The South Asian region is the least economically integrated and that has placed all the regional economies at a competitive disadvantage. Today, the process of South Asian economic re-integration has begun, albeit slowly, with gradual phasing out of tariffs. Stating this in her address in the session on ‘The power of 1.6 billion: A blueprint for prosperity’ at the South Asia Economic Conclave, being organised by Confederation of Indian Industry (CII) in cooperation with the Ministry of Commerce and Industry, Government of India and the World Bank, Ms Nirmala Sitharaman, Minister of State for Commerce & Industry, Government of India, said in her address that the re-integration will gain traction as the regional economies do away with the negatives lists for bilateral trade.
Ms Sitharaman noted that after India extended the Duty Free Quote Free facility to the least developed countries in South Asia region, exports from these countries to India has increased. To accelerate intra-regional trade and regional economic integration, the minister underlined the need for the region to establish free trade areas. She also said that due efforts need to be taken to conclude the SAARC Motor Vehicles Agreement which will provide significant impetus to regional trade and movement of goods.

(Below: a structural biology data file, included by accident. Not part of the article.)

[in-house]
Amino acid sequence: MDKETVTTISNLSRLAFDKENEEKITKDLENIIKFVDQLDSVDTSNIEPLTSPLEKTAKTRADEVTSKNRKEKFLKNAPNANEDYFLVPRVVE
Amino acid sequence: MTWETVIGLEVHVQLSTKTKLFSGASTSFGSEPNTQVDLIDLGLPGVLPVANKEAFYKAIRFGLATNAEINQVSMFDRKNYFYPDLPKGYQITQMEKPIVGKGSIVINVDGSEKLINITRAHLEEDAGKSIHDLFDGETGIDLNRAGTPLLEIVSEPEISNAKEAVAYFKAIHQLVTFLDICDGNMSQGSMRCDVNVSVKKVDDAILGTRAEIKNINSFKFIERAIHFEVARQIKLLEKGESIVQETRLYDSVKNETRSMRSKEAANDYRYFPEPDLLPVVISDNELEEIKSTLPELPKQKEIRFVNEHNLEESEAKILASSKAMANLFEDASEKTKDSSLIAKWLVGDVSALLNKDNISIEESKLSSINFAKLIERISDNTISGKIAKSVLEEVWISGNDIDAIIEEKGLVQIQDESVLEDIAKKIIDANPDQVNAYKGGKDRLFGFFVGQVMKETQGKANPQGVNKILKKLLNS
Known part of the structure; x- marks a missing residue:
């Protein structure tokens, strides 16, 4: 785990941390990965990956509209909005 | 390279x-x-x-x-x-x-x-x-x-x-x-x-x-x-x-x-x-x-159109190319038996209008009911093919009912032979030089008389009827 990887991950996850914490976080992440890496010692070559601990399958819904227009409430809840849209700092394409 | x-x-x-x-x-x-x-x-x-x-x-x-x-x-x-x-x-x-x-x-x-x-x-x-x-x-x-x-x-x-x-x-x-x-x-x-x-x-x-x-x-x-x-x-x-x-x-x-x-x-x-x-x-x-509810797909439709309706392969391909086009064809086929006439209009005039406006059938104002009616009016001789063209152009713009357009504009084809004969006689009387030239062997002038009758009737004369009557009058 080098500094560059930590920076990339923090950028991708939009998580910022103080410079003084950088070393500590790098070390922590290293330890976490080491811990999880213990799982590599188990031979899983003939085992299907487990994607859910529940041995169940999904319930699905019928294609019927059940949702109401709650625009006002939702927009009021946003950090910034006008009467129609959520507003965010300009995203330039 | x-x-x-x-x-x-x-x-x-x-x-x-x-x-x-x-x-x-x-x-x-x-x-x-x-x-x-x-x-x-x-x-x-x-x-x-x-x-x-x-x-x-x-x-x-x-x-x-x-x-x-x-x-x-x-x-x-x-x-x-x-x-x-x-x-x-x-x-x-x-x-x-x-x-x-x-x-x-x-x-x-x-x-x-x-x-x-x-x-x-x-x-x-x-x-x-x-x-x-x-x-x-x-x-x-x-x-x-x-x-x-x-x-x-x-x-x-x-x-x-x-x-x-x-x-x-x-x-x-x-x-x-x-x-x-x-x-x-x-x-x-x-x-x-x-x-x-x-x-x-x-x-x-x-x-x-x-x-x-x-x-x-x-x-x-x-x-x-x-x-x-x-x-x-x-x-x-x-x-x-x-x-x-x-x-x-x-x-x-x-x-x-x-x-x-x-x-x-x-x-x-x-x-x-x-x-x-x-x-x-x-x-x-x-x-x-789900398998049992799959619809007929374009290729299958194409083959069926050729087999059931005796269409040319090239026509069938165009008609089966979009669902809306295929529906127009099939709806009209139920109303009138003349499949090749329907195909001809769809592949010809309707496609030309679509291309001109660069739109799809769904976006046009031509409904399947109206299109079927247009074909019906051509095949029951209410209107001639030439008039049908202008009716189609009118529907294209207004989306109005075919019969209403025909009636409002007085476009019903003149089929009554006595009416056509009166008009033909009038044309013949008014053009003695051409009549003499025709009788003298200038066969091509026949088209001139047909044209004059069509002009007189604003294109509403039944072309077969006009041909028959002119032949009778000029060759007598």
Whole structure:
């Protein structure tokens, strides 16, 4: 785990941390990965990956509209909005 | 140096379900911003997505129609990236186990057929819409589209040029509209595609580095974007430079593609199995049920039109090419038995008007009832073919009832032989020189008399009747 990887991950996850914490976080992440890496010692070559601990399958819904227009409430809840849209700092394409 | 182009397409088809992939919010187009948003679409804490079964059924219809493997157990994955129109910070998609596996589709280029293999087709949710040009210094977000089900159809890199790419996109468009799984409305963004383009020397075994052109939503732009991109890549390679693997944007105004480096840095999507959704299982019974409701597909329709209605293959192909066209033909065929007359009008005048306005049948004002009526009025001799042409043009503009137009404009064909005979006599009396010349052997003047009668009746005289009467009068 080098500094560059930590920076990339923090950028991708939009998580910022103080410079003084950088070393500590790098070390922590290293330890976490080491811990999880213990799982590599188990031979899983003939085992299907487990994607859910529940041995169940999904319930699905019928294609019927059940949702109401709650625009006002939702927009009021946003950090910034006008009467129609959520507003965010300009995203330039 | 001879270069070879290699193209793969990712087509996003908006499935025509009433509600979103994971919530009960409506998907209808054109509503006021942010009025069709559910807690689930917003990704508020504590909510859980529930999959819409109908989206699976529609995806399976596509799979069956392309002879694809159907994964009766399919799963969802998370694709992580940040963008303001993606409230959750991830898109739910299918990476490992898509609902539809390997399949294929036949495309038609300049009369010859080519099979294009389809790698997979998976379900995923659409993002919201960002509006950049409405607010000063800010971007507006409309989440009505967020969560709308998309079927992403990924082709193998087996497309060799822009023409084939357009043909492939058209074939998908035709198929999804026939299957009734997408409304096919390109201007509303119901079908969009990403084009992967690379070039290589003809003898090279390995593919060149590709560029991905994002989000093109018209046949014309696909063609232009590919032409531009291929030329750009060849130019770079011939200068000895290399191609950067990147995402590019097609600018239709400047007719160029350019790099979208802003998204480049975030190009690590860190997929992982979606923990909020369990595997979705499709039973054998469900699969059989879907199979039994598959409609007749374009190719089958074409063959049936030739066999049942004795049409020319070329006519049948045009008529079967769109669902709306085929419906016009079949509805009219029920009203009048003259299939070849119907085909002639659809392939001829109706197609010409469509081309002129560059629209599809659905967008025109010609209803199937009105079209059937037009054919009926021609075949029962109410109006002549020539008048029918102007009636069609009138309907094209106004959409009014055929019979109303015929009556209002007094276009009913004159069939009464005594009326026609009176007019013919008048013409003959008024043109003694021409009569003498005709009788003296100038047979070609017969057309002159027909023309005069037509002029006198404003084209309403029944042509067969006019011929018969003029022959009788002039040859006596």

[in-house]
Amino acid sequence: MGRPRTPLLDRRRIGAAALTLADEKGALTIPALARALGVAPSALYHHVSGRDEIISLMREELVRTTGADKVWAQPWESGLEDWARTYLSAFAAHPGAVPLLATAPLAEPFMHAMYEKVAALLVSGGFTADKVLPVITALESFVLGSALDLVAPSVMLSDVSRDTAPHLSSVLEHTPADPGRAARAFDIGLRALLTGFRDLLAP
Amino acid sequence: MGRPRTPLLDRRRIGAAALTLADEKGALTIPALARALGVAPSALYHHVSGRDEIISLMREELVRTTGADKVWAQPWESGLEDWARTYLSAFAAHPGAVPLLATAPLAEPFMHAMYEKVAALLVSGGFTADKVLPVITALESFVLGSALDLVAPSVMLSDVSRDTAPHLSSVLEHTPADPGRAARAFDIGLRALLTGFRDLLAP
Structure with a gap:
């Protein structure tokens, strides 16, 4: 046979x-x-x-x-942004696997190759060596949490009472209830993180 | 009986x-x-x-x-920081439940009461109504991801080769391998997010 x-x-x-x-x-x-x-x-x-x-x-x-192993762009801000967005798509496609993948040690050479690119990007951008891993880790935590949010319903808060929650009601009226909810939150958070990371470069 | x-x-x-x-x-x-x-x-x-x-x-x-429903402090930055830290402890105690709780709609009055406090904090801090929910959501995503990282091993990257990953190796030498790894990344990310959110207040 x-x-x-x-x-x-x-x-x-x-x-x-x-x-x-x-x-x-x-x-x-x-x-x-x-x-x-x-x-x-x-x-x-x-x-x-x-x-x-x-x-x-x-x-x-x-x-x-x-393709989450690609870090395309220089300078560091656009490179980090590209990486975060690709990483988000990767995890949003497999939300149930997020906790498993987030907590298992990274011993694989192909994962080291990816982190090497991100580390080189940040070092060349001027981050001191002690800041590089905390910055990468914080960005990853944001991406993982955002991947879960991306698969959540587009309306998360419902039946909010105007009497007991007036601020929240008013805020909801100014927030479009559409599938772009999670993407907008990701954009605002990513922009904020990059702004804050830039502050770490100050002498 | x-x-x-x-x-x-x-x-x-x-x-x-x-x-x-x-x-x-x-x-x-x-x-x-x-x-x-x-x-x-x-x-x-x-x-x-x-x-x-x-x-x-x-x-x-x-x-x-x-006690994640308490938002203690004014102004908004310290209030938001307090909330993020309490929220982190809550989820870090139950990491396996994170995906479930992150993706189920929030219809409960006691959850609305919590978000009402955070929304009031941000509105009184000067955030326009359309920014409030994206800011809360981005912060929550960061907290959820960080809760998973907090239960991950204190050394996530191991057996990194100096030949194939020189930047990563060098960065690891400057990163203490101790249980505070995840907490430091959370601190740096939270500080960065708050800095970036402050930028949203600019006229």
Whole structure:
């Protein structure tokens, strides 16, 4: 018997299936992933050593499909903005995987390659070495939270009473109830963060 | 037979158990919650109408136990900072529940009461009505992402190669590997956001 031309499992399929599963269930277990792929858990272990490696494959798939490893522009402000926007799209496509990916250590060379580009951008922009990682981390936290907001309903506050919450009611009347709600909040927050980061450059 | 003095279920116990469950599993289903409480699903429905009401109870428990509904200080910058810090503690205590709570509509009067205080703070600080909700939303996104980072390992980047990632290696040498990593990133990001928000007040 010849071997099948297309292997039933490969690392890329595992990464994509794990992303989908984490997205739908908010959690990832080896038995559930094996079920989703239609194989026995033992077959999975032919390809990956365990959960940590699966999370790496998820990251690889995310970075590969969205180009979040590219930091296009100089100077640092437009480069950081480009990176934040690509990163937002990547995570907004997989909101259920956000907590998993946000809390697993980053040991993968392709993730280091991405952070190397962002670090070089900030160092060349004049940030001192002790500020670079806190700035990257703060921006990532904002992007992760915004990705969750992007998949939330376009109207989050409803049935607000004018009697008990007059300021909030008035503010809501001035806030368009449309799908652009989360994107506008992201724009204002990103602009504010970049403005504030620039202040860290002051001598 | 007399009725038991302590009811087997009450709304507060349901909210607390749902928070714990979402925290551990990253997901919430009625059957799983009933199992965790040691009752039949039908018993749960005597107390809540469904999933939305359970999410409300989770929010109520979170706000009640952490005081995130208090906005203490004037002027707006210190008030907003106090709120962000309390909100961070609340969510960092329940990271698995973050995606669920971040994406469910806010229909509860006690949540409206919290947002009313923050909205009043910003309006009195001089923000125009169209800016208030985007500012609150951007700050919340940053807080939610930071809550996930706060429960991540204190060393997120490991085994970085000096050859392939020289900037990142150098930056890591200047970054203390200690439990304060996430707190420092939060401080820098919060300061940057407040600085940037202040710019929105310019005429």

Ms Sitharaman urged the regional governments to prepare a roadmap for establishing a South Asian Development Bank. She also said that a part of the Indian outbound FDI should be directed to the South Asian economies. Currently, 95% of India’s outbound FDI goes to markets well beyond South Asia.
Ms Sitharaman also laid emphasis on the promotion and development of regional value chains, with focus on certain sectors. She added that tourism is another area where the South Asian economies can achieve significant dividends through joint initiatives and cooperation endeavours.
Earlier, Mr Tofail Ahmed, Commerce Minister, Government of People’s Republic of Bangladesh, said that countries of the region should take active measures to bring down tariff and non-tariff barriers that limit the expansion of regional trade. He also spoke about how the Bangladesh economy overcame challenging economic circumstances in the past decades to emerge as a robust economy.
Mr Sunil Bahadur Thapa, Minister of Commerce and Supplies, Government of Nepal, said in his address that if the European Union could achieve deep economic integration, so can the South Asian economies.
Mr Lyonpo Norbu Wangchuk, Minister of Economic Affairs, Government of Bhutan, said the road to regional prosperity lies in facilitating seamless movement of goods, capital and people across the entire region.
Mr Abdulla Jihad, Minister of Finance, Government of Maldives, pointed out that although intra-regional trade has not picked up although duty concessions have been extended by India to some of the regional economies. He urged the SAARC governments to find ways to accelerate regional trade flows.
Mr Sanjay Kathuria, Lead Economist, South Asia Regional Integration, World Bank, spoke about the steps needed for the region to achieve intra-regional trade target of $100 billion in the next 5 years.
Mr C Raja Mohan, Head – Strategic Studies and Distinguished Fellow, Observer Research Foundation, provided a historical perspective as well as a political background to the regional trade scenario.
Mr Chandrajit Banerjee, Director General, CII, spoke about the key role that private sector has assumed in furthering South Asian intra-regional trade and economic integration.